Alex Rodriguez has played two games, one at third base, the other as designated hitter.
Hits 2, both singles
OPS .833 (career .945)
1 for 4 in game one. Note: highest TV rating for a Yankee game in 2013 on the local network (YES).
On base 3 of 4 in game two; only out a rocket directly at the CF with runners on.
So far A-Rod looks about the same as he had 2010 and 2011. Reduced but still a possible threat.
There are multiple overlapping scenarios.
1. Quick resolution of his appeal to an independent arbitrator.
2. Resolution after this season.
A quick resolution could make A-Rod's effectiveness irrelevant if he is suspended through at least the remainder of the 2013 season.
Let's examine possible rulings:
1. Arbitrator upholds the Major Baseball League (MBL) ruling.
2. Arbitrator reduces the suspension to:
- 100 games
- 50 games.
3. Arbitrator throws out the suspension entirely. Probable reason: TAINTED evidence and testimony because the MBL paid for it.
If A-Rod walks, i.e., has his appeal upheld, then how foolish do the following look:
- the dirty dozen who copped pleas with 50 game suspensions because neither they nor the union had the nerve to fight
- Allen Huber "Bud" Selig, MBL commissioner, who overcharged and over penalized Rodriguez
- mainstream media, including New York tabloids, which crucified a home town player, for incessantly repeating the same tired drivel.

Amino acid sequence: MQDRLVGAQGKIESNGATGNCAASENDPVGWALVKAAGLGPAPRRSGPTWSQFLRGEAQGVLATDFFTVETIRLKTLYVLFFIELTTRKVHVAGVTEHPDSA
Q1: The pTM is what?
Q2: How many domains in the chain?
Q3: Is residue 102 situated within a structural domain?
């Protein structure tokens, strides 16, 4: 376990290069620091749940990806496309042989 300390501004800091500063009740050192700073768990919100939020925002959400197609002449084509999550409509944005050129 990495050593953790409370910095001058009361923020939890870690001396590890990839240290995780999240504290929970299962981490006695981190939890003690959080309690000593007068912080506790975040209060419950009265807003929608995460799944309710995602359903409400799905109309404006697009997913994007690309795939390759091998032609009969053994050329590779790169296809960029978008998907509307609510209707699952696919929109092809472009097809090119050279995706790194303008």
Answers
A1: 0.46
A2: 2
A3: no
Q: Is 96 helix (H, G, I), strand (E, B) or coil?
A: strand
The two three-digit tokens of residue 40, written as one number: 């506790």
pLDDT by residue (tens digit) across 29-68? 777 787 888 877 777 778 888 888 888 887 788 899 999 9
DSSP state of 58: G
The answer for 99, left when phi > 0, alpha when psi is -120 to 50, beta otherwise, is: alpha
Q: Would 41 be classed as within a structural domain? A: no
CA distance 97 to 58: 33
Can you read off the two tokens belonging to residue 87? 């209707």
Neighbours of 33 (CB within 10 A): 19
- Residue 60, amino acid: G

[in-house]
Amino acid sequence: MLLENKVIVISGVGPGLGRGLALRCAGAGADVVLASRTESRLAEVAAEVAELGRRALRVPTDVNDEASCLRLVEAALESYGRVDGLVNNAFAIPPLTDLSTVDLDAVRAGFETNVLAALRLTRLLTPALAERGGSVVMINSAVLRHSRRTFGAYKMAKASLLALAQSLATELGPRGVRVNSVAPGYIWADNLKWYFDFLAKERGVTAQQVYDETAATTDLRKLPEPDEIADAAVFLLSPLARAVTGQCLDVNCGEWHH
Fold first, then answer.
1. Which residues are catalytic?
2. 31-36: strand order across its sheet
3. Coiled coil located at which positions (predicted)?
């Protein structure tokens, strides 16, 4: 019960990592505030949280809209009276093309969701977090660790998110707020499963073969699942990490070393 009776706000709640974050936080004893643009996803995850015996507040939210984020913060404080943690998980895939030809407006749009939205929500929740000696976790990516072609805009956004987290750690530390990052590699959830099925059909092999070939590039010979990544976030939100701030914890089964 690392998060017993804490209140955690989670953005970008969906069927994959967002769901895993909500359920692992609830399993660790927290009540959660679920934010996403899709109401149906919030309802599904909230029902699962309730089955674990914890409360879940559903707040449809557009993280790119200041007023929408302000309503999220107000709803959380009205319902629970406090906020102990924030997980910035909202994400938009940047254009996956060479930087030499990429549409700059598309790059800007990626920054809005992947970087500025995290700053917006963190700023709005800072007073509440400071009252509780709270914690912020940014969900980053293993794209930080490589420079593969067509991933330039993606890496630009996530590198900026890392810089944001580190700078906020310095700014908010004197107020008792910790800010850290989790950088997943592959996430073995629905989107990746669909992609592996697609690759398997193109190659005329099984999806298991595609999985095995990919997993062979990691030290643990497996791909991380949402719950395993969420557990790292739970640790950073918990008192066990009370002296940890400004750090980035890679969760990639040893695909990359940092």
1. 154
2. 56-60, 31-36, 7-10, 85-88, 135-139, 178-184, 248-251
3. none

However, if A-Rod walks there is still the matter of how well he can play. This will be on display. If suspended, A-Rod will be spared looking incompetent as a ball player.
If A-Rod's 211 game suspension is upheld, he can only play for an independent team in the U.S. or maybe some team in Mexico or Europe. According to The New York Times, Asian leagues in Japan, Korea and Taiwan have agreements with the MBL not to sign suspended players. A-Rod would have to wait out his suspension and decide whether to try to play in 2015 when he will be 39 at the start of the season, turning 40 July 27, 2015. This scenario would be a baseball death sentence, thus the much criticized but appropriate remark made by A-Rod at his press conference Monday that he was fighting for his life. Obviously he meant his baseball life but not one media person would extend that reasonable interpretation, preferring instead to continue banging the same drum all day long.
The chances that A-Rod both plays the rest of 2013 and plays well are remote.
Best bet: the arbitrator, no matter how foolish the MBL was in both prosecuting and persecuting Alex Rodriguez, will sense the public mood and seek some reasonable middle ground, probably a 100 game suspension, possibly 50 games, same as the dirty dozen.